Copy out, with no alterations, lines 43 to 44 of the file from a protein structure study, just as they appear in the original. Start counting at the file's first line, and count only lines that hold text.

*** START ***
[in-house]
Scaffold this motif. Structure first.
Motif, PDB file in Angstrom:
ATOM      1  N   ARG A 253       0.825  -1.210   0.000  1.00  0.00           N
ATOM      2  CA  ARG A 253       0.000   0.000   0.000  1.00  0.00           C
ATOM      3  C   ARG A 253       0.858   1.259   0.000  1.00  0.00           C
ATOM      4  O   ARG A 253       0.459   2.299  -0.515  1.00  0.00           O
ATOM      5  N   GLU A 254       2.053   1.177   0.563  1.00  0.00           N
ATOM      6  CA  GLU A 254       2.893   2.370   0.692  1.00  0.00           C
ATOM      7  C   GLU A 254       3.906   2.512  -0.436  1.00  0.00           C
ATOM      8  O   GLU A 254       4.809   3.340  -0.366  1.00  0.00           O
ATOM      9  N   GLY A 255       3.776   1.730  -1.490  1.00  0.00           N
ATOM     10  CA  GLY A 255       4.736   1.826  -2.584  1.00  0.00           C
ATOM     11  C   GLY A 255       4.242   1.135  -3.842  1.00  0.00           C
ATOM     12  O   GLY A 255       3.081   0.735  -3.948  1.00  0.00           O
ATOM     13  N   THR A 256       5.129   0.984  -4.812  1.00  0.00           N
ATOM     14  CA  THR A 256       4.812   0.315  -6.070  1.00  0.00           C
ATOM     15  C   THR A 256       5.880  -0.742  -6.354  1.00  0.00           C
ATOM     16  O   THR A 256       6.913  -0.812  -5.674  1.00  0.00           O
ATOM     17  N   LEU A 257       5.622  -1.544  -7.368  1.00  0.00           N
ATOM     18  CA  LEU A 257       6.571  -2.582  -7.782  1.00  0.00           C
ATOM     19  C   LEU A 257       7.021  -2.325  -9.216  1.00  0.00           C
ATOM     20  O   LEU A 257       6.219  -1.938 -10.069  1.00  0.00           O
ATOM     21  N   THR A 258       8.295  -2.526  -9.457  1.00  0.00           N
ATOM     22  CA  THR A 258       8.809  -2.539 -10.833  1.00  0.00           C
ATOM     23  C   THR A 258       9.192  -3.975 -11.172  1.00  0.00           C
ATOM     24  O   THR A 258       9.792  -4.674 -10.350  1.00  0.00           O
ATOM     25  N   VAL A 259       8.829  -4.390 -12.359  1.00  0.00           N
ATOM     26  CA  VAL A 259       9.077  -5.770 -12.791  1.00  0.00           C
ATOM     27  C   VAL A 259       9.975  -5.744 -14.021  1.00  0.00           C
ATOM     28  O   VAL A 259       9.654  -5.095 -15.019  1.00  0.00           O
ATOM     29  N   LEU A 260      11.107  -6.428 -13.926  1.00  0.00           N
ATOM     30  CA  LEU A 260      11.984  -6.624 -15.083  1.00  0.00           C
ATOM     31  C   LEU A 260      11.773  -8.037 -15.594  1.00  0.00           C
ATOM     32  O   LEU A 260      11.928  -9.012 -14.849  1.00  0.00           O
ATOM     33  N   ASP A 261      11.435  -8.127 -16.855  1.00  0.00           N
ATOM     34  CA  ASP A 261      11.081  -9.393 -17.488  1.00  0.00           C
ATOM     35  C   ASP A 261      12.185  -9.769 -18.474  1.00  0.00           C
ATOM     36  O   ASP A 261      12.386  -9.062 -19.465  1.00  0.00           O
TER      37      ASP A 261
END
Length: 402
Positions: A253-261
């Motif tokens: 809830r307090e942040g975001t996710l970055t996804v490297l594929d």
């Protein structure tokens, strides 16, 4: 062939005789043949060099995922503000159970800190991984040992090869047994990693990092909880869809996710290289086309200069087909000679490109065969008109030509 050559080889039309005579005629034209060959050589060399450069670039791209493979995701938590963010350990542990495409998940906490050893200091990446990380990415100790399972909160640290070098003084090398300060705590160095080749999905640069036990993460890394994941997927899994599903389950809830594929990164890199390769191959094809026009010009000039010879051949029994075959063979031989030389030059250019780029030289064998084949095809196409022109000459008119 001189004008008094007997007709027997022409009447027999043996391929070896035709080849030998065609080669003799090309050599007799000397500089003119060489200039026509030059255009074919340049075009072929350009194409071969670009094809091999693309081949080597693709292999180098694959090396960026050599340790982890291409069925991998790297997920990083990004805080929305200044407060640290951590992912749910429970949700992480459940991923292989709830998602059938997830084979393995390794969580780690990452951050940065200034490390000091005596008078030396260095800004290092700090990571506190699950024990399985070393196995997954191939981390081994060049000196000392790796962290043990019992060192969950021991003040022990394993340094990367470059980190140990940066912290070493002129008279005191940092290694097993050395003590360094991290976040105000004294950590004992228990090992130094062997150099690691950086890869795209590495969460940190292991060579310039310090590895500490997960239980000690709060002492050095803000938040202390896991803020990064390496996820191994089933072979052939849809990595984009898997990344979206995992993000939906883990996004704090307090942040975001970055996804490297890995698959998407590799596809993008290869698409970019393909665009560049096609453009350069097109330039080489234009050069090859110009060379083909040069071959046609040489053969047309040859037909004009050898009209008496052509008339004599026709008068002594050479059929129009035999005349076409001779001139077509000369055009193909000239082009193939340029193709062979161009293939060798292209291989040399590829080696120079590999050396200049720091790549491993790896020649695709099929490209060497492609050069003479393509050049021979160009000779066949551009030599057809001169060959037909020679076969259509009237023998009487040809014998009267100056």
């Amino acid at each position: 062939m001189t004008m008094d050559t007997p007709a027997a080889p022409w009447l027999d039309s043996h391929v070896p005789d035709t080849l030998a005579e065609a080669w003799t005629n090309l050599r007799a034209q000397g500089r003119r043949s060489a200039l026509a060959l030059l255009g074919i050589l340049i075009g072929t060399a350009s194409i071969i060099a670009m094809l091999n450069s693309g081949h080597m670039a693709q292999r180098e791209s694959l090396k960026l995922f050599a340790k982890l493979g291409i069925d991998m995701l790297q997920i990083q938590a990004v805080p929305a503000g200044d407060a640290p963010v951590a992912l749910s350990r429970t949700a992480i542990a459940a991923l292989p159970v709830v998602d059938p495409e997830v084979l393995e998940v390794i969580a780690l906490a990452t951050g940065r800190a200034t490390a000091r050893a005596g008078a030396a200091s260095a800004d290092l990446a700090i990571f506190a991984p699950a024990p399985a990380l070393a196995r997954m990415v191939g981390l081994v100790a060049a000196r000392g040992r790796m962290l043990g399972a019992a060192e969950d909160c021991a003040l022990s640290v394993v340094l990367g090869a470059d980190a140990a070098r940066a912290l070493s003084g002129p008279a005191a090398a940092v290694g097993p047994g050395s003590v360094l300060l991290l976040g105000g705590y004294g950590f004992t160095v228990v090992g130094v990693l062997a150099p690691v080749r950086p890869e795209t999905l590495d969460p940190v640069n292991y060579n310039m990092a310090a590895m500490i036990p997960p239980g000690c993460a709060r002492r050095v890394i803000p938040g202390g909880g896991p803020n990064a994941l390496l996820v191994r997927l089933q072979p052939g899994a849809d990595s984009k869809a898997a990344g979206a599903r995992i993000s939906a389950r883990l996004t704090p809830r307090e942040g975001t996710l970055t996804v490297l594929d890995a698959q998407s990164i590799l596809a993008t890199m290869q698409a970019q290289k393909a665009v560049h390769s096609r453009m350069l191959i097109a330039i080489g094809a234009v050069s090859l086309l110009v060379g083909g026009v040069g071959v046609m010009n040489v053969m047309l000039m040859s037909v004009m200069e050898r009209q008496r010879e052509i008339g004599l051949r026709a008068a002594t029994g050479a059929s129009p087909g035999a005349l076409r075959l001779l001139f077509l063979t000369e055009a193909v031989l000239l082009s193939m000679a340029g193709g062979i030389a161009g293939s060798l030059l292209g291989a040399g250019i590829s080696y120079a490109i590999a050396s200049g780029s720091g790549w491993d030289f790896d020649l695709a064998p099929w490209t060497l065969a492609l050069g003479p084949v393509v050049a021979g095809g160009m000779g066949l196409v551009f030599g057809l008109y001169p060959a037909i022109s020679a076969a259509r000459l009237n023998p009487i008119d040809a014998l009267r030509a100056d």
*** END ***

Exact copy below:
Positions: A253-261
């Motif tokens: 809830r307090e942040g975001t996710l970055t996804v490297l594929d």